Get ready for the Meeting

Back in 1994 I attended a Tony Robbins seminar. It was held at the Navy Pier in Chicago. Five or six hours into the session, Tony had us in a state where he could ask these two questions: “Think about something you always wanted to do, but for some reason, you never did it. Write it down.” Then, “Think about something you always wanted to have, but for some reason, you never bought. Write it down as well.” Within six months I earned my private pilot’s license. Six months after that I owned a single-engine Cessna and had earned my instrument rating. Now that’s what I call motivation. Thanks,  again, Tony.

But Tony didn’t just motivate the audience. He gave us some real business value.  Here is something I learned that day and have used dozens of times since: BEND-WIMP.

Tony explained that when meeting with an important executive for the first time, we need to have a pretty comprehensive understanding of who they are and what’s on their mind. BEND-WIMP is an acronym for Tony’s checklist.  Here it is:

B – Beliefs. What are the person’s beliefs about you, your company, your product? It would be really helpful to know that before you meet the person.

E – Evaluate. How does the person evaluate? Gut feel? Dependence on a recommendation from a trusted advisor? What questions might they ask?

N – Needs. What are their business needs? What will enable them to achieve their business plan?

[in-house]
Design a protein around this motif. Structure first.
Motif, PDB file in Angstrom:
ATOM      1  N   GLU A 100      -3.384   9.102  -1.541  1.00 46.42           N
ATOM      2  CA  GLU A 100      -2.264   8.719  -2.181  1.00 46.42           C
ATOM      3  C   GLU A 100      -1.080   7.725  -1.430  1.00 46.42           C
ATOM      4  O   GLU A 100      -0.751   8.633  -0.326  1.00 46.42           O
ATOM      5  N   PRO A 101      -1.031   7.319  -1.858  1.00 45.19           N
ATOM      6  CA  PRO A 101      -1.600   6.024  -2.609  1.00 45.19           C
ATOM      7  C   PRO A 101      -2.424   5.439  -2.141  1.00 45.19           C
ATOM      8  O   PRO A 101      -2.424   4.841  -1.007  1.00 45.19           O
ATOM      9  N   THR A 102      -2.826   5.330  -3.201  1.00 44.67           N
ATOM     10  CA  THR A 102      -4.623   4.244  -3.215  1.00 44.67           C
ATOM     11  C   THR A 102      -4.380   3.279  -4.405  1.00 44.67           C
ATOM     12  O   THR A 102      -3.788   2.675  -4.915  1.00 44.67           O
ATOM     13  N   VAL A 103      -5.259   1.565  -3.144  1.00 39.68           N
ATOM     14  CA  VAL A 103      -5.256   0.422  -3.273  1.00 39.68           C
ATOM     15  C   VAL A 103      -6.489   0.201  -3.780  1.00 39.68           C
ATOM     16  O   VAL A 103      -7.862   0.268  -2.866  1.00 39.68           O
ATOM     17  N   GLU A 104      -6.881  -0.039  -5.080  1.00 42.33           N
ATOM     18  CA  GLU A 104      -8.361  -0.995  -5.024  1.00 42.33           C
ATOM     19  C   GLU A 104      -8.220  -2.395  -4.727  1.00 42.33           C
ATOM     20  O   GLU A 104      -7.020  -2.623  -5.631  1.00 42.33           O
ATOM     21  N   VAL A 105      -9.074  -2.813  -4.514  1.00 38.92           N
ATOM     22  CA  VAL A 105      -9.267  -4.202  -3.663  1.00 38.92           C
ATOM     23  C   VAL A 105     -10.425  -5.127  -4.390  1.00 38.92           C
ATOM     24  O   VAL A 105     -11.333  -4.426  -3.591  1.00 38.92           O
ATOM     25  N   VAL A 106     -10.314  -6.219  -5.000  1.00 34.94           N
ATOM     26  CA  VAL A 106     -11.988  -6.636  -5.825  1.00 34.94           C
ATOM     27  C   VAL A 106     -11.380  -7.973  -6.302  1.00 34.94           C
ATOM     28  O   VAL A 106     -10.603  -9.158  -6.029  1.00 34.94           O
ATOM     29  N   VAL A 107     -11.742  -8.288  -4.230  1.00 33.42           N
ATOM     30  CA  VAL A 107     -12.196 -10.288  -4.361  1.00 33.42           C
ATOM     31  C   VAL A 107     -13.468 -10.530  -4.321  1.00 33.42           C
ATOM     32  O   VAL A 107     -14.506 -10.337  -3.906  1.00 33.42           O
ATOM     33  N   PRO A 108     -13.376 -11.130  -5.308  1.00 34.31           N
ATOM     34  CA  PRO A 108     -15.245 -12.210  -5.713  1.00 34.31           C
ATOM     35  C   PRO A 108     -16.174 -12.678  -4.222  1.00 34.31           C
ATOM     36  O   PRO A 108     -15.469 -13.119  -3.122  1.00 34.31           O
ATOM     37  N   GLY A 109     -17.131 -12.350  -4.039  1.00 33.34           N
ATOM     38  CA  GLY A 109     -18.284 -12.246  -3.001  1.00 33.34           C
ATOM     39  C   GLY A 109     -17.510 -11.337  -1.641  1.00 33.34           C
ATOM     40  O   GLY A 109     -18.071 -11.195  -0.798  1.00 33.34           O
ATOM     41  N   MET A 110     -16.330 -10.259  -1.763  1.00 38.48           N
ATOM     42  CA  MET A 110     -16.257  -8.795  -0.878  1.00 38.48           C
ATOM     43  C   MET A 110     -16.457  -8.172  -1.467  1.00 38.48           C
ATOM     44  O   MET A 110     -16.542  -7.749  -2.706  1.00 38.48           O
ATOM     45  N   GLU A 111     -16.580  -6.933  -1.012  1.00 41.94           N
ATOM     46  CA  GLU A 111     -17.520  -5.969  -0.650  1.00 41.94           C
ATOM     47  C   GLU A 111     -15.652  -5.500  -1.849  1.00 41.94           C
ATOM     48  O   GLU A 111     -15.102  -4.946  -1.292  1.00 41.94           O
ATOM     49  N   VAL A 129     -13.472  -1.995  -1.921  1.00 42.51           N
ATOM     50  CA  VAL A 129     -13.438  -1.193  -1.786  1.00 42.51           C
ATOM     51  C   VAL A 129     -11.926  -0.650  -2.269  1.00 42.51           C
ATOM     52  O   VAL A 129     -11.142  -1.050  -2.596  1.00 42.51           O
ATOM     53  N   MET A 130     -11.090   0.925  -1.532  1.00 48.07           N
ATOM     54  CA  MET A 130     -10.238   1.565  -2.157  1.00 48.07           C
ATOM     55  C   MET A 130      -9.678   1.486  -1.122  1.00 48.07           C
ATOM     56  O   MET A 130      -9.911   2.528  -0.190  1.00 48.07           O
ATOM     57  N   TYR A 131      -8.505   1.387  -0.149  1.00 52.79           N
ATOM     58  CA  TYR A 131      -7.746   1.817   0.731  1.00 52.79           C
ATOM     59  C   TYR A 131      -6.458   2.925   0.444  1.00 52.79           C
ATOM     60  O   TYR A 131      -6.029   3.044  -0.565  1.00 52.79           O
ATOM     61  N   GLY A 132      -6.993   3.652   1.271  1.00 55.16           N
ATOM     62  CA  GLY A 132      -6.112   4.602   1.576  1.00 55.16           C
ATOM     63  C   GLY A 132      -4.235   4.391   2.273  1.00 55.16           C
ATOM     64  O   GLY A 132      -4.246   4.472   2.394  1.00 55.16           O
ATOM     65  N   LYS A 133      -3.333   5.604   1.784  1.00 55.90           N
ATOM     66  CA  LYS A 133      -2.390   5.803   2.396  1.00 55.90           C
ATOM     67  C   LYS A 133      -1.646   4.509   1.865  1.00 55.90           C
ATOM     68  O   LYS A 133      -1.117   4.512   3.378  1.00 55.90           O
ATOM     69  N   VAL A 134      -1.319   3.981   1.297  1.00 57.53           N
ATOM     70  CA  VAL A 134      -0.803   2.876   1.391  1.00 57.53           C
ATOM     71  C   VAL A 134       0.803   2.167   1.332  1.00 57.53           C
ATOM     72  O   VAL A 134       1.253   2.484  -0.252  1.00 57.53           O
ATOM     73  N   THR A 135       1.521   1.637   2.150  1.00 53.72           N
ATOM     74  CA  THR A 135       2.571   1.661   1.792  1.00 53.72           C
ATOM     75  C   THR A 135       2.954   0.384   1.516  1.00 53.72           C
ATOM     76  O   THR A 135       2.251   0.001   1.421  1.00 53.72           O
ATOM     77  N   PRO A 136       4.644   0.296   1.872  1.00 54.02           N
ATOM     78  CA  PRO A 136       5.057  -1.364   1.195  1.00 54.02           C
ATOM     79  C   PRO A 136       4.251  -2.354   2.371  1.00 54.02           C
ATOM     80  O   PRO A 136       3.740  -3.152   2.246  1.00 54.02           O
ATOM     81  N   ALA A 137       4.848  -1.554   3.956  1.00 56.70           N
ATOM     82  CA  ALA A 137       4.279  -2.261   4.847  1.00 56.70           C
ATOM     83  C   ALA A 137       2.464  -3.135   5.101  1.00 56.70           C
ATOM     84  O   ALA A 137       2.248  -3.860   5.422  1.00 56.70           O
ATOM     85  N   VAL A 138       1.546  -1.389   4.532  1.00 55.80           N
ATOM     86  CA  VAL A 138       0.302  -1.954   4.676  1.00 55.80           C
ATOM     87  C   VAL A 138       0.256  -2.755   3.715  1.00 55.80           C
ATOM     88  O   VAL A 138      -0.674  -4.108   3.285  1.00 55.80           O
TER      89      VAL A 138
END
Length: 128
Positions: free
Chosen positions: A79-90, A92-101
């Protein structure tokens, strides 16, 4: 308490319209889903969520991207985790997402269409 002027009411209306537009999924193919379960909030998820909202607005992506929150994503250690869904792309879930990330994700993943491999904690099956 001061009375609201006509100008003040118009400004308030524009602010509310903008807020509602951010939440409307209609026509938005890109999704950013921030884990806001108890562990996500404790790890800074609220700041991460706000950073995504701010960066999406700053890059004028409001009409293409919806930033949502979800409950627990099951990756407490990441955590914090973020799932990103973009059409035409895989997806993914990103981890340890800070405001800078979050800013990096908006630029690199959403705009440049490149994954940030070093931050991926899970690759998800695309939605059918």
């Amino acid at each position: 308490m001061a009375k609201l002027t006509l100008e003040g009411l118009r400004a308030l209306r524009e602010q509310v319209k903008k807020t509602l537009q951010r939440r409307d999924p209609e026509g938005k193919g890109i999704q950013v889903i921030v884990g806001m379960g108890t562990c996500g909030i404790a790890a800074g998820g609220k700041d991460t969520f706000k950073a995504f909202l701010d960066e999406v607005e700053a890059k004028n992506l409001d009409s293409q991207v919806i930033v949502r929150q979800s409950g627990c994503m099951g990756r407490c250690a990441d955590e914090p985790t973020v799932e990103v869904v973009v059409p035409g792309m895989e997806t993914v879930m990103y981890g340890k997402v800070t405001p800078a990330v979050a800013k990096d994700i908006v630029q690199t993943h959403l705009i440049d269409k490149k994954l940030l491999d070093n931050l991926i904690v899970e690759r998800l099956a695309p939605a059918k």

D – Desire. What do they want on a personal level? (I think about Larry Ellison and the America’s Cup.)

W – Wounds. Where have they gone off the track. Mistakes, errors in strategy, execution, judgment? What subjects should you stay away from discussing?

I – Interests. What are their personal interests? What common ground might you have with them?

M – Mentors.  Who are their mentors? Whose books do they read? What business leaders do they emulate? I won a new customer years ago because I found out that the CEO had all his people read Who Moved the Cheese? I read the book on the plane on the way to the sales call.

P – Proud. What are they proud of? Accomplishments, big wins, etc.?

LinkedIn, which wasn’t around in 1994, is a great tool for executing your BEND-WIMP process. I find people in my network who have worked directly or even several levels down from my targeted executive. As I fill in my checklist, a clear picture of that person emerges. I’m sure you can imagine how much more effective than an ad-hoc Internet search this process is.